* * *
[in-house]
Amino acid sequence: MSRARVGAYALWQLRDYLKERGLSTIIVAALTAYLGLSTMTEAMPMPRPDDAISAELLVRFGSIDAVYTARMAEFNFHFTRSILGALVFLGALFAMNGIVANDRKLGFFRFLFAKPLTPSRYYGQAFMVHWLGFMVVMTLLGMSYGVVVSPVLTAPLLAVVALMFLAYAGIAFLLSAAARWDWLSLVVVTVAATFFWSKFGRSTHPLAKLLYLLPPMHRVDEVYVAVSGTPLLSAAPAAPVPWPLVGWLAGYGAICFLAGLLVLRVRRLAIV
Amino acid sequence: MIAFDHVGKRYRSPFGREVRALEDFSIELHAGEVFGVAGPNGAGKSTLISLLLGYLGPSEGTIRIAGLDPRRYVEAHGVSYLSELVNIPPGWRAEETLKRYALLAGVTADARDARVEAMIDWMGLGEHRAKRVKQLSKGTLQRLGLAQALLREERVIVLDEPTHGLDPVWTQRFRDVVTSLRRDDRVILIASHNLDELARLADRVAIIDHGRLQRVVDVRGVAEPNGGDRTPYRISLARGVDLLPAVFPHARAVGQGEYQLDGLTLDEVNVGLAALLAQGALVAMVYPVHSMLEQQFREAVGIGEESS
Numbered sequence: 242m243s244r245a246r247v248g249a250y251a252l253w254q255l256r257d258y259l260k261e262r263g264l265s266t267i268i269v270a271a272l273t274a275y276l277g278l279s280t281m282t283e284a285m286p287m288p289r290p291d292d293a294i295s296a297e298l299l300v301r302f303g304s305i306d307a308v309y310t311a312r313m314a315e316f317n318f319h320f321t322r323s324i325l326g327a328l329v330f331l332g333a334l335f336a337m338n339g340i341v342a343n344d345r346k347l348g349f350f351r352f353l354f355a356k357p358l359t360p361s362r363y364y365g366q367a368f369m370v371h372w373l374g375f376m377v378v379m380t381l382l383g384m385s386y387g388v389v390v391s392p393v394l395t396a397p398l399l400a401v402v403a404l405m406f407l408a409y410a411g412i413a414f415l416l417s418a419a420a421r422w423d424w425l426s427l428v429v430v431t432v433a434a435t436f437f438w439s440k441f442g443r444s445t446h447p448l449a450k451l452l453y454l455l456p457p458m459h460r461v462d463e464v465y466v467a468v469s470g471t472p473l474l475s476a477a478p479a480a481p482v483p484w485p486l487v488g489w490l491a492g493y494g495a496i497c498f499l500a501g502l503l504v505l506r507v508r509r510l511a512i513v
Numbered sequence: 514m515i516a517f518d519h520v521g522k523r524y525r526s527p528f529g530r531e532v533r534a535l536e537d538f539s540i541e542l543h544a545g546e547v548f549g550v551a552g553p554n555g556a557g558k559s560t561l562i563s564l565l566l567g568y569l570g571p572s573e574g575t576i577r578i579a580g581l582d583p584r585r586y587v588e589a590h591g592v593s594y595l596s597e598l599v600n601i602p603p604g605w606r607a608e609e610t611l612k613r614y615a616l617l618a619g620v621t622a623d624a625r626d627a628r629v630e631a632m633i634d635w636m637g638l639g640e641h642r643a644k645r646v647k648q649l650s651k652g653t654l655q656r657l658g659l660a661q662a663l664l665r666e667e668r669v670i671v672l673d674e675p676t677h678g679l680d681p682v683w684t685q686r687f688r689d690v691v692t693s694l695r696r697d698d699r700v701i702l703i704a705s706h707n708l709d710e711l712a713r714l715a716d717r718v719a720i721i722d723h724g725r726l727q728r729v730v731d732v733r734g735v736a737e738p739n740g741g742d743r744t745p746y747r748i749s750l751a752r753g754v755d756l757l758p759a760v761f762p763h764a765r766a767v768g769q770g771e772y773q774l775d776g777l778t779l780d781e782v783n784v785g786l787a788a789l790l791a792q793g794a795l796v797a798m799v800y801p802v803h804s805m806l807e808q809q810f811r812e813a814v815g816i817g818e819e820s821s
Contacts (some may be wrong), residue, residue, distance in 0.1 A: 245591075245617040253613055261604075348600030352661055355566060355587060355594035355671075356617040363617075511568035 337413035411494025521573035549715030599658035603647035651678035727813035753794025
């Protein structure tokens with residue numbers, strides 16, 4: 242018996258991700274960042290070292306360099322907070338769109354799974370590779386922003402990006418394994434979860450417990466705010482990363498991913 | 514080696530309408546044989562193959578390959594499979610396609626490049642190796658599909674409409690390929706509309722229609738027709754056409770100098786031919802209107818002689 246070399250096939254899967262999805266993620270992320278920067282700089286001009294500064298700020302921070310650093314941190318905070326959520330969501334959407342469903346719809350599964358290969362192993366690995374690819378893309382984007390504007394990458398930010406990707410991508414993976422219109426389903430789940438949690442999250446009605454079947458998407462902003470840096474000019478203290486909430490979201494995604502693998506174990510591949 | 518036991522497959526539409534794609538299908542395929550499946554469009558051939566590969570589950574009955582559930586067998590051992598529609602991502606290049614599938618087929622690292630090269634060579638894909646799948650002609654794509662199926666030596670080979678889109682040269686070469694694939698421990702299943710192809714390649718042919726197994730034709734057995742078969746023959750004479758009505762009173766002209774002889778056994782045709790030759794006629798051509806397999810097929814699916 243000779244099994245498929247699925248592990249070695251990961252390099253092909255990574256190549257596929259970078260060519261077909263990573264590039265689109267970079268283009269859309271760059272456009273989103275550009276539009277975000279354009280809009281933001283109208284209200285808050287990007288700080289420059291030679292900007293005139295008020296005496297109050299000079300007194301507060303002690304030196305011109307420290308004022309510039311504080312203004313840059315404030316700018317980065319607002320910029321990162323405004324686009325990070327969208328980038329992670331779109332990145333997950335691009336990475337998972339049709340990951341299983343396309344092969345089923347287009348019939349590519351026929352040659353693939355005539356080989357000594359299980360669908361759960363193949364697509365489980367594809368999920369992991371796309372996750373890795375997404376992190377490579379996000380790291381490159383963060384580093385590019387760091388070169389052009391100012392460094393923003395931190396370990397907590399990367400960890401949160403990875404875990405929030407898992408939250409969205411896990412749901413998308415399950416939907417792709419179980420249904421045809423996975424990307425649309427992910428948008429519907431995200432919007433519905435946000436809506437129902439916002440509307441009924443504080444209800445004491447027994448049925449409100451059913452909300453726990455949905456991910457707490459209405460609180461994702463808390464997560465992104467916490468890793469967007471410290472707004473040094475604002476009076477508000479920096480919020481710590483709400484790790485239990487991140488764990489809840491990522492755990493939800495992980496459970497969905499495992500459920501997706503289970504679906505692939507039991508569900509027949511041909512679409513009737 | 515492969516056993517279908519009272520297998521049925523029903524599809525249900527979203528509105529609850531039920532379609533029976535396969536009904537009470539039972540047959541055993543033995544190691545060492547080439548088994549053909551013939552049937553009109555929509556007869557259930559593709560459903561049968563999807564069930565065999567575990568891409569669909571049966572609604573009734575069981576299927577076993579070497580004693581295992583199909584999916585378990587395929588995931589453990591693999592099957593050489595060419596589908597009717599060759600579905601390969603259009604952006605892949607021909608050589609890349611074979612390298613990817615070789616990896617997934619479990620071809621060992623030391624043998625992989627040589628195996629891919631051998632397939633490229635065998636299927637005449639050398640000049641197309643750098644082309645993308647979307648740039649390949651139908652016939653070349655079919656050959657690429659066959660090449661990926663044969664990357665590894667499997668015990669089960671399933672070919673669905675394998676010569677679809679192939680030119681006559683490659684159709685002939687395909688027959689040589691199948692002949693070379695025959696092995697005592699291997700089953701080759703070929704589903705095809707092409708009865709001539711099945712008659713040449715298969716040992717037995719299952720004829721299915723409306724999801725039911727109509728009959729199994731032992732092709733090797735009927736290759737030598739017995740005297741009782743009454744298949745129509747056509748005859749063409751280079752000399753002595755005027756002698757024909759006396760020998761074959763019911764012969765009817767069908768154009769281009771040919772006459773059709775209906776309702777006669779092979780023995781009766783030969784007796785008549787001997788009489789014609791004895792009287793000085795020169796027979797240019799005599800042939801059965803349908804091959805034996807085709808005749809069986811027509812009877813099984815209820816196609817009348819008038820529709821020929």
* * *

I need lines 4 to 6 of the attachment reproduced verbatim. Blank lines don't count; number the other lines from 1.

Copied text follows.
Numbered sequence: 242m243s244r245a246r247v248g249a250y251a252l253w254q255l256r257d258y259l260k261e262r263g264l265s266t267i268i269v270a271a272l273t274a275y276l277g278l279s280t281m282t283e284a285m286p287m288p289r290p291d292d293a294i295s296a297e298l299l300v301r302f303g304s305i306d307a308v309y310t311a312r313m314a315e316f317n318f319h320f321t322r323s324i325l326g327a328l329v330f331l332g333a334l335f336a337m338n339g340i341v342a343n344d345r346k347l348g349f350f351r352f353l354f355a356k357p358l359t360p361s362r363y364y365g366q367a368f369m370v371h372w373l374g375f376m377v378v379m380t381l382l383g384m385s386y387g388v389v390v391s392p393v394l395t396a397p398l399l400a401v402v403a404l405m406f407l408a409y410a411g412i413a414f415l416l417s418a419a420a421r422w423d424w425l426s427l428v429v430v431t432v433a434a435t436f437f438w439s440k441f442g443r444s445t446h447p448l449a450k451l452l453y454l455l456p457p458m459h460r461v462d463e464v465y466v467a468v469s470g471t472p473l474l475s476a477a478p479a480a481p482v483p484w485p486l487v488g489w490l491a492g493y494g495a496i497c498f499l500a501g502l503l504v505l506r507v508r509r510l511a512i513v
Numbered sequence: 514m515i516a517f518d519h520v521g522k523r524y525r526s527p528f529g530r531e532v533r534a535l536e537d538f539s540i541e542l543h544a545g546e547v548f549g550v551a552g553p554n555g556a557g558k559s560t561l562i563s564l565l566l567g568y569l570g571p572s573e574g575t576i577r578i579a580g581l582d583p584r585r586y587v588e589a590h591g592v593s594y595l596s597e598l599v600n601i602p603p604g605w606r607a608e609e610t611l612k613r614y615a616l617l618a619g620v621t622a623d624a625r626d627a628r629v630e631a632m633i634d635w636m637g638l639g640e641h642r643a644k645r646v647k648q649l650s651k652g653t654l655q656r657l658g659l660a661q662a663l664l665r666e667e668r669v670i671v672l673d674e675p676t677h678g679l680d681p682v683w684t685q686r687f688r689d690v691v692t693s694l695r696r697d698d699r700v701i702l703i704a705s706h707n708l709d710e711l712a713r714l715a716d717r718v719a720i721i722d723h724g725r726l727q728r729v730v731d732v733r734g735v736a737e738p739n740g741g742d743r744t745p746y747r748i749s750l751a752r753g754v755d756l757l758p759a760v761f762p763h764a765r766a767v768g769q770g771e772y773q774l775d776g777l778t779l780d781e782v783n784v785g786l787a788a789l790l791a792q793g794a795l796v797a798m799v800y801p802v803h804s805m806l807e808q809q810f811r812e813a814v815g816i817g818e819e820s821s
Contacts (some may be wrong), residue, residue, distance in 0.1 A: 245591075245617040253613055261604075348600030352661055355566060355587060355594035355671075356617040363617075511568035 337413035411494025521573035549715030599658035603647035651678035727813035753794025